EASTERN HIMALAYAN TRAILS


11 Days / 10 Nights

KOLKATA

Kolkata (Calcutta), India’s second largest city and located on the east bank of the Hooghly river, is often seen as a microcosm of the country. It is an extraordinarily vibrant city and the proud cultural capital of India. Capital of British India for nearly 140 years, many colonial buildings remain and the British legacy can still be felt in the area surrounding Dalhousie Square.
Among the most famous of the monuments in Kolkata are the Victoria Memorial, a large marble edifice planned by Viceroy Curzon, and the impressive steel structure of the Howrah Bridge. For a touch of local life, an early morning visit to the city’s colourful flower market rewards the casual observer with a sea of intense colours and smells. Or wander along College Street with its array of book stalls before enjoying a coffee at the vintage Indian Coffee House.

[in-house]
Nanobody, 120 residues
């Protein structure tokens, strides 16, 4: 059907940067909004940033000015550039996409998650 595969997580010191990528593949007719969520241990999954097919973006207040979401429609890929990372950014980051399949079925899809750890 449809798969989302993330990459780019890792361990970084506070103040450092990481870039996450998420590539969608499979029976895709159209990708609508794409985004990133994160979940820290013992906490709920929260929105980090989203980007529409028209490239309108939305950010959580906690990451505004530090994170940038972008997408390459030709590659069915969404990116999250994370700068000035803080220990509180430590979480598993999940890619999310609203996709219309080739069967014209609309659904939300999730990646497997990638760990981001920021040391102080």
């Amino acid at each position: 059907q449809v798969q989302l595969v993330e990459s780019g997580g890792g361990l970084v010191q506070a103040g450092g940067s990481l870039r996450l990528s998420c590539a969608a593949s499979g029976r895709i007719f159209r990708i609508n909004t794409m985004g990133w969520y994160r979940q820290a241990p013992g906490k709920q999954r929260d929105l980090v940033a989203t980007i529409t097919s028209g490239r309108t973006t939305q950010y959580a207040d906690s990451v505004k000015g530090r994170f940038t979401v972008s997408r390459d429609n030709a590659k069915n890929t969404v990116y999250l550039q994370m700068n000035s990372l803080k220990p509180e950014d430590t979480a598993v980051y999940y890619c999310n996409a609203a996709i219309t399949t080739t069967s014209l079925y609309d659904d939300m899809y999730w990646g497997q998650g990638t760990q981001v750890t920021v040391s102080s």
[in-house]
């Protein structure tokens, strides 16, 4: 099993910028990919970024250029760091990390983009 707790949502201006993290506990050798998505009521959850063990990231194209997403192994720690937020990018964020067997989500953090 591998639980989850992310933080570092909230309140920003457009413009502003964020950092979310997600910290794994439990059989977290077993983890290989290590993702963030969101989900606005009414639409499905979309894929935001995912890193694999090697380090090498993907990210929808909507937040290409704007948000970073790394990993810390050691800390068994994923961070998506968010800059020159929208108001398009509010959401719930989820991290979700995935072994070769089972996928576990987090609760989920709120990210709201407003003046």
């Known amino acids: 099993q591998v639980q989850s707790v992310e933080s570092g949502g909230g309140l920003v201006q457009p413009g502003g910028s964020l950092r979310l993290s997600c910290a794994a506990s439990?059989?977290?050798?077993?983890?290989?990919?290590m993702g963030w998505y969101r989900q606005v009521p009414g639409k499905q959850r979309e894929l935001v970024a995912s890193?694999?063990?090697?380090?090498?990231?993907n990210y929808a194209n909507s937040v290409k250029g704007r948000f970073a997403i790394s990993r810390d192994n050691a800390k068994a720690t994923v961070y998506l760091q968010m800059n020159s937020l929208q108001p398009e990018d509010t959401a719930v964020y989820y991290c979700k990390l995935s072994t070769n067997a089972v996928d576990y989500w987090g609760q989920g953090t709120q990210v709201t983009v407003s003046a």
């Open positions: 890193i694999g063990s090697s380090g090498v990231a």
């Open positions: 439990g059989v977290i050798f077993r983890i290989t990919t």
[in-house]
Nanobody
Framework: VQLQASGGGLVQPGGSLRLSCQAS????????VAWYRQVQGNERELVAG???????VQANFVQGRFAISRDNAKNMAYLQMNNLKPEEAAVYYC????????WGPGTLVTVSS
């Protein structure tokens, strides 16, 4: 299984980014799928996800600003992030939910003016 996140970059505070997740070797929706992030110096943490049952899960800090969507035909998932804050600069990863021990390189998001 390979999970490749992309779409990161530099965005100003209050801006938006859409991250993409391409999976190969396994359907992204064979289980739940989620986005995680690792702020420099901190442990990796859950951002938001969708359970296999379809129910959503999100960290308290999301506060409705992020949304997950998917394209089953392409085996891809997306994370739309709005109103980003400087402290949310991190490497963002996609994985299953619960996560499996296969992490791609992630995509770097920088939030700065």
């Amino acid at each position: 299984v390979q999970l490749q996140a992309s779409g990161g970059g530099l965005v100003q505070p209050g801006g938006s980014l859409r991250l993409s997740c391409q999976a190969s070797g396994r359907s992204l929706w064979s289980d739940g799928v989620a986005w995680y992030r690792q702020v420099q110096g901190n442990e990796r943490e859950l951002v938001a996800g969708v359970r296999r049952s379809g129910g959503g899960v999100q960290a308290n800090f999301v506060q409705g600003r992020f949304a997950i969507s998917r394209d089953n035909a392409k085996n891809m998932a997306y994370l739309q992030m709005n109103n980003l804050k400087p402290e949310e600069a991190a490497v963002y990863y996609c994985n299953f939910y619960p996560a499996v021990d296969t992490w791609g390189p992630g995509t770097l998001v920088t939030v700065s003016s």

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DARJEELING & BEYOND

Originally known as Dorje Ling (‘Place of the Thunderbolt’), Darjeeling became India’s summer capital during the Raj. Today, the town is still strewn with buildings from the colonial days and retains much of its old character. A ride on the famous Darjeeling Hill Railway (now a world heritage site), shopping for local crafts at the mall, and a visit to Observatory Hill – an excellent viewing point of Kanchenjunga, the third highest mountain in the world – should not be missed. Among the colonialera architecture are Buddhist monasteries and the fascinating Tenzing Norgay mountaineering institute. In addition, those who opt to stay on a working tea estate outside Darjeeling can explore the lush tea plantations, interact with estate workers and learn to pluck ‘two leaves and a bud’.

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KALIMPONG

Kalimpong is a delightful small town in the far north of West Bengal, located at an altitude of 1,250 metres and set in beautiful wooded mountain scenery. This bustling market town was formerly a major centre for tea trade along the Silk Route. The traditional Wednesday and Saturday markets attract villagers from all around plying their fruit, vegetables, woollen cloth and traditional medicines.